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How Will Idaho's Bernie Sanders Supporters Change Course?

Many supporters of Sen. Bernie Sanders say they'll refocus their attention on other political races in Congress and state legislatures. (Laura Musikanski/morguefile)
Many supporters of Sen. Bernie Sanders say they'll refocus their attention on other political races in Congress and state legislatures. (Laura Musikanski/morguefile)
August 1, 2016

COEUR D’ALENE, Idaho – Idaho supporters of Sen. Bernie Sanders now face some big choices – whom to support in November and what to do with the powerful grassroots organization behind his primary campaign.

Many say they're now taking another look at the third-party candidates.

A.J. Konda, a Sanders delegate from Kootenai County, says he'll vote for Independent Party candidate Gary Johnson or Green Party candidate Jill Stein if it looks like one of them could win.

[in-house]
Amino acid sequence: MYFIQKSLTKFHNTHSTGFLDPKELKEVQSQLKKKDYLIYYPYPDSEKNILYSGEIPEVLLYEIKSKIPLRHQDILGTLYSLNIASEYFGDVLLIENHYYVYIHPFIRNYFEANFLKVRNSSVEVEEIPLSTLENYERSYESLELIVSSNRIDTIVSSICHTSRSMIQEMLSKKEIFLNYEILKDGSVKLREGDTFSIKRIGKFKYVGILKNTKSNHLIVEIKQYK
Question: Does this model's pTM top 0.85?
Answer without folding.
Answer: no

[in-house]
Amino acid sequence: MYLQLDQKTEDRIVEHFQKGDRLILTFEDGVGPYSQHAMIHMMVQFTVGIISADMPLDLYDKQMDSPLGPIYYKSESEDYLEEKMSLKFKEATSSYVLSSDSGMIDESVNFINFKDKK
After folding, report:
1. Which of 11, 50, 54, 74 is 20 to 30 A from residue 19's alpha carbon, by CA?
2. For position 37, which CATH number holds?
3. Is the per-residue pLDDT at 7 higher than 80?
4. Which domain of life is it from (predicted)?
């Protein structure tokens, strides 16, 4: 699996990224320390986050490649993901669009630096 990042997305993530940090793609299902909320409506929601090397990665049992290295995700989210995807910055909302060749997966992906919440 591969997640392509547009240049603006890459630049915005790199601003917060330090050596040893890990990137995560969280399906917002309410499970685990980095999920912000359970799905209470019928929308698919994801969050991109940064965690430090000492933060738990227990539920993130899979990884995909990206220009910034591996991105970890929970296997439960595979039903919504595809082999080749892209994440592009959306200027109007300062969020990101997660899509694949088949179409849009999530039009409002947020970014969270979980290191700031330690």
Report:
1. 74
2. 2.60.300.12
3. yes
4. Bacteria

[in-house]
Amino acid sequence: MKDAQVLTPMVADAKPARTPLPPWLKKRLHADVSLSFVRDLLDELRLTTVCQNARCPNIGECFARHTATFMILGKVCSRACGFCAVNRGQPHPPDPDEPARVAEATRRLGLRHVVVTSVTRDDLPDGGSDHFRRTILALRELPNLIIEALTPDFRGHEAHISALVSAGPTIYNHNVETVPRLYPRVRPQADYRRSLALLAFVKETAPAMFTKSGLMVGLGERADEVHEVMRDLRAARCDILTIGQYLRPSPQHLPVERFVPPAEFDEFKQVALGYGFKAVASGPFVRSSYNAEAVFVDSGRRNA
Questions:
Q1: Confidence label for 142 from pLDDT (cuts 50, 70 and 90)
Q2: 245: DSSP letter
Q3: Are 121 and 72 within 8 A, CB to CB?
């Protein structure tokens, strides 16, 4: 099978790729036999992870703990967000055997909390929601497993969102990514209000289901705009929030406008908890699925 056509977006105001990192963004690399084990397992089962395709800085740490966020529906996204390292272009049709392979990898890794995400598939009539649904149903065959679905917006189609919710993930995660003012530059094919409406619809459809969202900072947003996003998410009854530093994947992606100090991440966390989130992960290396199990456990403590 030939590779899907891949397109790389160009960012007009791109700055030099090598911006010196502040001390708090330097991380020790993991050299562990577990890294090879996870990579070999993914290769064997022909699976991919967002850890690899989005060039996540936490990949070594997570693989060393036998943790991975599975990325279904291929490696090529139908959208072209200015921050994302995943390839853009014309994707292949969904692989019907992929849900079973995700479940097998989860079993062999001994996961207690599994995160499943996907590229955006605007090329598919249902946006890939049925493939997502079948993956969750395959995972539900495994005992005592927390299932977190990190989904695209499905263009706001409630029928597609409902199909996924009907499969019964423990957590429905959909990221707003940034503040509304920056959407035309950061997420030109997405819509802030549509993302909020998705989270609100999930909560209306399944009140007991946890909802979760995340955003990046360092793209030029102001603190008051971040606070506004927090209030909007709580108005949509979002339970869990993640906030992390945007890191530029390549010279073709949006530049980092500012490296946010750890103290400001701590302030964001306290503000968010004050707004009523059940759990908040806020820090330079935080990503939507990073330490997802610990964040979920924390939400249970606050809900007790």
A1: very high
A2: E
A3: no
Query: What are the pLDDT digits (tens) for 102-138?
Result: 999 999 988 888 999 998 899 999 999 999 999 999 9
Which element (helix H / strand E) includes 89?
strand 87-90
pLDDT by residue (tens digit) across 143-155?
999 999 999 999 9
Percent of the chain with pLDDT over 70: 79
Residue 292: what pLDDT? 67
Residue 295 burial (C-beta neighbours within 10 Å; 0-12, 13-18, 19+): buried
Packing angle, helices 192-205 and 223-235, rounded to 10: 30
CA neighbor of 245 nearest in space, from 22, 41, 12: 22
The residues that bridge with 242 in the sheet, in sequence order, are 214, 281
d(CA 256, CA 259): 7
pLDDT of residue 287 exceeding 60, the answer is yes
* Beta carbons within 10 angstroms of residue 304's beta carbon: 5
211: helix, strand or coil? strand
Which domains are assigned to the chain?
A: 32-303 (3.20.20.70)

But if they remain low in the polls, Konda says he is prepared to support Clinton.

"We hate the lesser-of-two-evils kind of vote, but even I think that we do need to vote for Hillary if all else fails in order to not get Trump," he concedes.

Many of Sanders' supporters have said they're frustrated by the email controversy that showed some Democratic National Committee staffers had discussed ways to discredit the senator from Vermont.

The party has now formed a unity commission to reduce the number of superdelegates, who this year overwhelmingly supported Clinton.

Konda also wants to see the states do away with closed primaries, which he calls undemocratic.

Not coincidentally, Sanders did well in caucus states and Clinton did well in states with closed primaries, where a voter had to be registered as a Democrat to take part.

"You couldn't have voted in New York unless you were a registered Democrat,” Konda points out. “And the deadline to be registered as a Democrat was in October of 2015, when relatively no one was paying attention. And that suppressed 3 million independent voters, in New York alone."

Konda maintains Sanders' millions of supporters should now turn their attention down ballot, and work to elect progressive-minded Senators, members of Congress and state and local legislators.


Suzanne Potter, Public News Service - ID